“This year, 73 countries, led by smaller island countries that haven’t in any way contributed to the historical rise in temperatures, have committed to net zero carbon emissions by 2020,” Jayashree said. “But larger countries, including India, haven’t. We need to figure out how together, 197 countries meet the Paris Agreement goals on emissions to keep the mean temperature rise under 2°C.”
There’s a debate among governments around whether developing countries like India should commit to net-zero emissions at all right now, when they’ve not historically been responsible for rising temperatures. The US, for instance has historically been responsible for the larges emissions and their emissions are on just a marginal decline right now. On the principal of equity, countries are arguing, they should lead the charge towards net zero emissions. “But the US has pulled out of the Paris Agreement,” said Jayashree. “And developed countries such as Australia, Canada, Saudi Arabia, etc. are not taking concrete steps. This means the BASIC nations – India, China, Brazil – have a huge task at hand and must figure out whether to raise their NDCs (Nationally Determined Contributions and commit to net zero.”
The debate might rest on the principle of equity, but the results of accelerated climate related disasters aren’t going to affect developed countries alone. They’re going to affect the future generations across the world. That’s why Ridhima Pandey, a teenage climate activist, banded together with 15 other teenagers from across the world to sue 5 governments over their lack of action in protecting the future generations.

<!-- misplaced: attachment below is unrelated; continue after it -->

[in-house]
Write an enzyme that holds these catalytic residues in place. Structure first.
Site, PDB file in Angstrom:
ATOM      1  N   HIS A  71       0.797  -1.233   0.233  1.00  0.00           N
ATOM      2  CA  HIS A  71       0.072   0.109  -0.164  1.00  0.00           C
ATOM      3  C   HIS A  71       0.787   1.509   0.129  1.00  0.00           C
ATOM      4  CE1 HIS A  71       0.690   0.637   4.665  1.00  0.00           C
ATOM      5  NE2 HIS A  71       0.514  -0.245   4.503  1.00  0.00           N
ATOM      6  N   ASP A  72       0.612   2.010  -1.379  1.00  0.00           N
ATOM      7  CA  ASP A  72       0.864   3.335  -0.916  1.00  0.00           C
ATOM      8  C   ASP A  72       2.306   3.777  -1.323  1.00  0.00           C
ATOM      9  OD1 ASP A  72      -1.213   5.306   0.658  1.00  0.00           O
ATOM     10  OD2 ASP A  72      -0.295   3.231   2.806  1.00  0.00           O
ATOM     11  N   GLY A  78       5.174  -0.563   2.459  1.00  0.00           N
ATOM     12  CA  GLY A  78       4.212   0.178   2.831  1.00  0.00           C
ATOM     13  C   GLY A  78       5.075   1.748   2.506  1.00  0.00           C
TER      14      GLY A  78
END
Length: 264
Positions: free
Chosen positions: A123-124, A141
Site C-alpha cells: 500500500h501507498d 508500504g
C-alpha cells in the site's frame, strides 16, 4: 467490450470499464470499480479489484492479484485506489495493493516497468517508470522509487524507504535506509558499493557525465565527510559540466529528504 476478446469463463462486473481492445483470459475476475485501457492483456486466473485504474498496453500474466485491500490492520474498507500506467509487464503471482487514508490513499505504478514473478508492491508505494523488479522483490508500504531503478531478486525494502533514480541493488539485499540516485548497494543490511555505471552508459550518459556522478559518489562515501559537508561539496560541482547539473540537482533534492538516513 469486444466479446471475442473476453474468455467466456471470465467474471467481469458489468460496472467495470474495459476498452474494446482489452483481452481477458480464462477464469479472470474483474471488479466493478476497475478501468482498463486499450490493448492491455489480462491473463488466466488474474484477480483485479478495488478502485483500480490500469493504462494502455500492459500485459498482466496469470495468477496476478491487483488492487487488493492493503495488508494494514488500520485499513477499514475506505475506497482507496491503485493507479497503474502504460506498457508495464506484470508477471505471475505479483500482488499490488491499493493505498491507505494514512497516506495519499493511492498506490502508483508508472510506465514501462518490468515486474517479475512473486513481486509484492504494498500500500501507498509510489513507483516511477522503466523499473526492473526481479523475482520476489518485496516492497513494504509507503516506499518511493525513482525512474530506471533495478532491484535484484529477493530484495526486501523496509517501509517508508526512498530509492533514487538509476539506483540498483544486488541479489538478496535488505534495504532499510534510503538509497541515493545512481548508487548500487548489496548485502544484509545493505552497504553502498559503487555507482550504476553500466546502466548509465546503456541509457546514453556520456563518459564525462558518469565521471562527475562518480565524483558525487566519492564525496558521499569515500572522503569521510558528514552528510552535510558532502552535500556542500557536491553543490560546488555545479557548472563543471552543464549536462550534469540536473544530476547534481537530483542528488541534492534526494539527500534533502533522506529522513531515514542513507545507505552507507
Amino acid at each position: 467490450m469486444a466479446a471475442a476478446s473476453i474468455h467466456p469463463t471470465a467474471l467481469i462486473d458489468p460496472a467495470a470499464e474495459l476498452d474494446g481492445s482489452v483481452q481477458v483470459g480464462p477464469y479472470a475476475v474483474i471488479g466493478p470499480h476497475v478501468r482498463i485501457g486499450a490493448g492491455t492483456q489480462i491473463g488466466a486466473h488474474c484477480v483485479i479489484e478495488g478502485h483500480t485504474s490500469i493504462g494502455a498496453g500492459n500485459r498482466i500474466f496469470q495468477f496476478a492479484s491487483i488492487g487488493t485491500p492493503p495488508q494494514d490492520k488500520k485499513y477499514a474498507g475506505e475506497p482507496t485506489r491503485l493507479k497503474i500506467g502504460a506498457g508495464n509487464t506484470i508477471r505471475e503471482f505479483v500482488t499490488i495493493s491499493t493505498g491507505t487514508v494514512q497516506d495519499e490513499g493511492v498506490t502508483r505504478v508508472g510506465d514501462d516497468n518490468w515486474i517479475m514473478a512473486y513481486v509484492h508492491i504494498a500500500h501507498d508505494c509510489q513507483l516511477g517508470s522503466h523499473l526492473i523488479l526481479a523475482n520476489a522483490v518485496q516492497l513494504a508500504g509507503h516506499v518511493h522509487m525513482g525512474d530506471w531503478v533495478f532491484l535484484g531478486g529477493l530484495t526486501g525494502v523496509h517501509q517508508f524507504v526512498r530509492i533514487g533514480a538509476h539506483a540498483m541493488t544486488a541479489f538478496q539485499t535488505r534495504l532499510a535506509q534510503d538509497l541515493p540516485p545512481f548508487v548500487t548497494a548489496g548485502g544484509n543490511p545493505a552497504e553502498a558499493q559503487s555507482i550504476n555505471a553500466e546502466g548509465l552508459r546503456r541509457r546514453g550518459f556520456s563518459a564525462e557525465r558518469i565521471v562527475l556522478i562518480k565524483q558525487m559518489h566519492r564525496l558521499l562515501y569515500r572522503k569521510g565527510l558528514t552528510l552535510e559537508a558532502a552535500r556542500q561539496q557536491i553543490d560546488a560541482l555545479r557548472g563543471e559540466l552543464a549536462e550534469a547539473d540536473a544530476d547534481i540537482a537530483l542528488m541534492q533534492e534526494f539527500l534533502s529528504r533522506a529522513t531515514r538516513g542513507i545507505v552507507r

“Right now, the older generations, government and politicians are not getting the importance of it,” she said. “I want to make them realise the importance of the environment and how it’s going to affect our future.”
If we look at our country’s per capita emissions it’s not that high in comparison to our overall carbon count. So, what is the govt doing to contain the emissions from India’s big polluters?, asks 12-year-old Climate Activist Riddhima Pandey at #YKASummit
— Richa Tyagi (@rich_112) December 21, 2019
How does she plan to take the movement forward? “There are two things we’re doing to protect our rights: strikes and petitions. India is not a small country and is at great risk of the effects of climate change. We’re trying to run awareness programmes in schools to ensure students are aware of their rights and fight for their protection. This will give our government the direction in which they need to act.”
The future generations are certainly at great risk from the effects of climate change, but even today, marginalised communities are bearing the brunt of extreme climate change.
“The communities in India that are most as risk, have the least say on such issues,” said Tania Devaiah. “For example, fisherfolk on thousands of kilometres of coasts are directly dependent on fish stock in the oceans. Rising sea temperatures are altering the biochemistry of the fish in the oceans, which means they are not able to reproduce any more. This directly impacts how many fish the fisherfolk can catch – threatening their livelihood.”